Great stories don’t always make for great documentaries, although it’s easy to confuse the two. (Case in point: last year’s Searching For Sugar Man.) As doc protagonists go, it’s hard to beat The Source Family’s James Baker, also known as Father Yod and YaHoWha, a natural-foods entrepreneur and petty thief who became the leader of the titular hippie cult. And co-director Jodi Wille, who edited the 2007 memoir by the Source Family’s Isis Aquarian (a.k.a. Charlene Peters), had no trouble with access, interviewing dozens of former commune members as well as Baker’s childhood friends and business associates. But watching the movie is like riffling through an author’s index cards: It’s all detail and no big picture.
The details, to be sure, are jaw-dropping. Take Baker, a World War II veteran who, at the age of 12, was named “America’s Strongest Boy.” He established pioneering health-food restaurants like the Aware Inn with funds procured from bank robberies; he was also a judo champion who killed two men with his bare hands. By the ’60s, Baker had become a millionaire, and his Source Restaurant on the Sunset Strip had become a beacon for freaks and heads nationwide. (It’s also where Alvy Singer orders his “plate of mashed yeast” in Annie Hall.) While the Sources’ upstairs loft served as a front office for Baker’s burgeoning spiritual movement, the downstairs restaurant served “hi-protein” salads to John Lennon and Steve McQueen, becoming at one point the most profitable restaurant per square foot in the country. (That the staff was composed entirely of Source Family members no doubt helped keep costs down.)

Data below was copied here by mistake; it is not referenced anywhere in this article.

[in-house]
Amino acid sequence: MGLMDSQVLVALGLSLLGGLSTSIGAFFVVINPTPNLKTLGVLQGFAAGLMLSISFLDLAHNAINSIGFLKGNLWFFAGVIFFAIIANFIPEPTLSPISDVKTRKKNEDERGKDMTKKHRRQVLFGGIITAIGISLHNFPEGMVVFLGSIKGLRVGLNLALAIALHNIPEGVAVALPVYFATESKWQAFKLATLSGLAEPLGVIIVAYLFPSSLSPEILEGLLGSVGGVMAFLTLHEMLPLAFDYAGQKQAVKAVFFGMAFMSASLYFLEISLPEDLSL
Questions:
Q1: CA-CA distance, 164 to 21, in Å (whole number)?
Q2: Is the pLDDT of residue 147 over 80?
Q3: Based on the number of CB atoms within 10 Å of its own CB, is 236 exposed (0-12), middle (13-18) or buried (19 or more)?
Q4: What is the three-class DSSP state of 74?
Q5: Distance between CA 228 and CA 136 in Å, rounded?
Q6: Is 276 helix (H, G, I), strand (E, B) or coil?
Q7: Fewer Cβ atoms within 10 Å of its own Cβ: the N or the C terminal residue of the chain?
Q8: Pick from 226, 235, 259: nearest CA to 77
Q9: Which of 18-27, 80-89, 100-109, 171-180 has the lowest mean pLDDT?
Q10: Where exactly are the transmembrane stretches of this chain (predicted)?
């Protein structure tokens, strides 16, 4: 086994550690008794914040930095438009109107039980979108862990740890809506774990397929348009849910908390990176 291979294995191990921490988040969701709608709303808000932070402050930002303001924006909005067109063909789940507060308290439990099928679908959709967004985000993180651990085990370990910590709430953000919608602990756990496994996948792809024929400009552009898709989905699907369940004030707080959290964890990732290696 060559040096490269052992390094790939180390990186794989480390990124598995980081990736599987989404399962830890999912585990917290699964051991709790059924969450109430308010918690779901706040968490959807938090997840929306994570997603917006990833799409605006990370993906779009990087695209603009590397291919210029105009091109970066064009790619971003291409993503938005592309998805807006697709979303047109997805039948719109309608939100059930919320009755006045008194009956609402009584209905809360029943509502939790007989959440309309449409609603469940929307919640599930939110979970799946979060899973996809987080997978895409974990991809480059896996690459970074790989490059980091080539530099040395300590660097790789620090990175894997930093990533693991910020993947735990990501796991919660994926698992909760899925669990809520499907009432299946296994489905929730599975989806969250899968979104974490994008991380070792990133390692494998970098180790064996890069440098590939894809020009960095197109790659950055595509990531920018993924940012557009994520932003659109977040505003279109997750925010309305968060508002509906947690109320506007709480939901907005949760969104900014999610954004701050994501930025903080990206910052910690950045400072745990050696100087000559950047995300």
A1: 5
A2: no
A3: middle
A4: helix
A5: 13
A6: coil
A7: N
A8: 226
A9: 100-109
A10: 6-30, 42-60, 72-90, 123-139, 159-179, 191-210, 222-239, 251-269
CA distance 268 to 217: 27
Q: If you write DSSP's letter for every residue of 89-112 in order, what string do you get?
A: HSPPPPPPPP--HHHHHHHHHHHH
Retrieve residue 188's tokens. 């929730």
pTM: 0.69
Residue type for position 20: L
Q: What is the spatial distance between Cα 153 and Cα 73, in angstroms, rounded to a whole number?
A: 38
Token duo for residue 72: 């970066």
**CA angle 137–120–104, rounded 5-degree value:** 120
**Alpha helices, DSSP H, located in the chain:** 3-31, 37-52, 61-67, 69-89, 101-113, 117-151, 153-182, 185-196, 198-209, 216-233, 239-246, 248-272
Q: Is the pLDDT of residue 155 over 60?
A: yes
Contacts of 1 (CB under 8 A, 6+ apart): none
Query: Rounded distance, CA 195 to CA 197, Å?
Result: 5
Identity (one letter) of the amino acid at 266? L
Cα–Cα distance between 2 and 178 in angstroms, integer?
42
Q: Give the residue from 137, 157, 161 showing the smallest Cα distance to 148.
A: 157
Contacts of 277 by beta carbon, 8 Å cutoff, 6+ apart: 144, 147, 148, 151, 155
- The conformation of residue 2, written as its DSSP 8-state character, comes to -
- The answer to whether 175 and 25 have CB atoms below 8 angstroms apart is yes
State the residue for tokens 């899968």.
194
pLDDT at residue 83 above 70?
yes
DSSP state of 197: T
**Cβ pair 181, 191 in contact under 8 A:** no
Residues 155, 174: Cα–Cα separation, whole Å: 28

Baker died in a hang-gliding accident in 1975, but his former followers, with names like Electricity, Omne, and Makushla, are legion. (Wille only identifies them by their Source Family names, and doesn’t make clear how many still believe what they did then.) Baker and his followers’ trajectory is a familiar one: Older guru picks up tricks from faddish spiritualists like Swami Satchidananda and Yogi Bhajan. (The latter’s fleet of Rolls-Royces may have served as partial inspiration). Said guru convenes a flock of wayward souls, many still in their teens, and eventually succumbs to his own myth, taking multiple wives—several underage—and whisking his followers off to Kauai. Really, the sole distinctive element of the Source Family story is the fact that the group churned out several dozen albums’ worth of fractured psychedelic rock, which the Chicago indie label Drag City will be releasing along with the film. (Don’t hold it against the music that Billy Corgan shows up in a stupid hat to sing its praises.) Wille slathers the film end to end with Source Family tracks, in an apparent attempt to compensate for the movie’s lack of a solid structure, but the result is like having a radio playing in your ear when you’re trying to read.